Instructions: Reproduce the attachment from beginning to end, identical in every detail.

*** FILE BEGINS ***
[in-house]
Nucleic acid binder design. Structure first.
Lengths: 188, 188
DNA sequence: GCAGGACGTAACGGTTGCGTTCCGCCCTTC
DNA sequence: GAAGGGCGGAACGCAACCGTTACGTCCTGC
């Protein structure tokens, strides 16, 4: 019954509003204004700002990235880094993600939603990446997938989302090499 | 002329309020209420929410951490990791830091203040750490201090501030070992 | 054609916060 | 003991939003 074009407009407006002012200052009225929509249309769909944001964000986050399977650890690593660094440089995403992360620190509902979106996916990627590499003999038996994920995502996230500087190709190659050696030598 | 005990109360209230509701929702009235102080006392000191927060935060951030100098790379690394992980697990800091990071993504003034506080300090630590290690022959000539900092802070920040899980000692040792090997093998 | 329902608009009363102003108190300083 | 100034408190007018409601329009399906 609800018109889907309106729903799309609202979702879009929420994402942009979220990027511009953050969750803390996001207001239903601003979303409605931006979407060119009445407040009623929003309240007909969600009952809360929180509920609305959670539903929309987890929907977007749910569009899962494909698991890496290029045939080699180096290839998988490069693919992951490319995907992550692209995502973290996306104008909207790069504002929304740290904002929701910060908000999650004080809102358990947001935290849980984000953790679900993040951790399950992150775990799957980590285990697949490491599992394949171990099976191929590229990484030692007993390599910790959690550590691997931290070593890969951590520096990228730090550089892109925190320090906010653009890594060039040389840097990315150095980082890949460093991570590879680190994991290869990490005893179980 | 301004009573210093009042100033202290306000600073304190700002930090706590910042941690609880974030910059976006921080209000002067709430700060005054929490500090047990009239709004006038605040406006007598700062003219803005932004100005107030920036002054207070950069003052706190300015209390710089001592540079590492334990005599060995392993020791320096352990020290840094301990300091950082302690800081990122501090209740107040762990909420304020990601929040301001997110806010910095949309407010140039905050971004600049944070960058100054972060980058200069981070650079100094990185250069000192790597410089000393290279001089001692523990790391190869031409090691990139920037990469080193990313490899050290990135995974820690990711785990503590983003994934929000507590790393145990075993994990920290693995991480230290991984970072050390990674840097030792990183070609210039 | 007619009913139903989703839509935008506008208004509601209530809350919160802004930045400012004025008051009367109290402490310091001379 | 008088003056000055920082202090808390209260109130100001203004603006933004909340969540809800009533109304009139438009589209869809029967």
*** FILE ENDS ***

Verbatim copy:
[in-house]
Nucleic acid binder design. Structure first.
Lengths: 188, 188
DNA sequence: GCAGGACGTAACGGTTGCGTTCCGCCCTTC
DNA sequence: GAAGGGCGGAACGCAACCGTTACGTCCTGC
């Protein structure tokens, strides 16, 4: 019954509003204004700002990235880094993600939603990446997938989302090499 | 002329309020209420929410951490990791830091203040750490201090501030070992 | 054609916060 | 003991939003 074009407009407006002012200052009225929509249309769909944001964000986050399977650890690593660094440089995403992360620190509902979106996916990627590499003999038996994920995502996230500087190709190659050696030598 | 005990109360209230509701929702009235102080006392000191927060935060951030100098790379690394992980697990800091990071993504003034506080300090630590290690022959000539900092802070920040899980000692040792090997093998 | 329902608009009363102003108190300083 | 100034408190007018409601329009399906 609800018109889907309106729903799309609202979702879009929420994402942009979220990027511009953050969750803390996001207001239903601003979303409605931006979407060119009445407040009623929003309240007909969600009952809360929180509920609305959670539903929309987890929907977007749910569009899962494909698991890496290029045939080699180096290839998988490069693919992951490319995907992550692209995502973290996306104008909207790069504002929304740290904002929701910060908000999650004080809102358990947001935290849980984000953790679900993040951790399950992150775990799957980590285990697949490491599992394949171990099976191929590229990484030692007993390599910790959690550590691997931290070593890969951590520096990228730090550089892109925190320090906010653009890594060039040389840097990315150095980082890949460093991570590879680190994991290869990490005893179980 | 301004009573210093009042100033202290306000600073304190700002930090706590910042941690609880974030910059976006921080209000002067709430700060005054929490500090047990009239709004006038605040406006007598700062003219803005932004100005107030920036002054207070950069003052706190300015209390710089001592540079590492334990005599060995392993020791320096352990020290840094301990300091950082302690800081990122501090209740107040762990909420304020990601929040301001997110806010910095949309407010140039905050971004600049944070960058100054972060980058200069981070650079100094990185250069000192790597410089000393290279001089001692523990790391190869031409090691990139920037990469080193990313490899050290990135995974820690990711785990503590983003994934929000507590790393145990075993994990920290693995991480230290991984970072050390990674840097030792990183070609210039 | 007619009913139903989703839509935008506008208004509601209530809350919160802004930045400012004025008051009367109290402490310091001379 | 008088003056000055920082202090808390209260109130100001203004603006933004909340969540809800009533109304009139438009589209869809029967």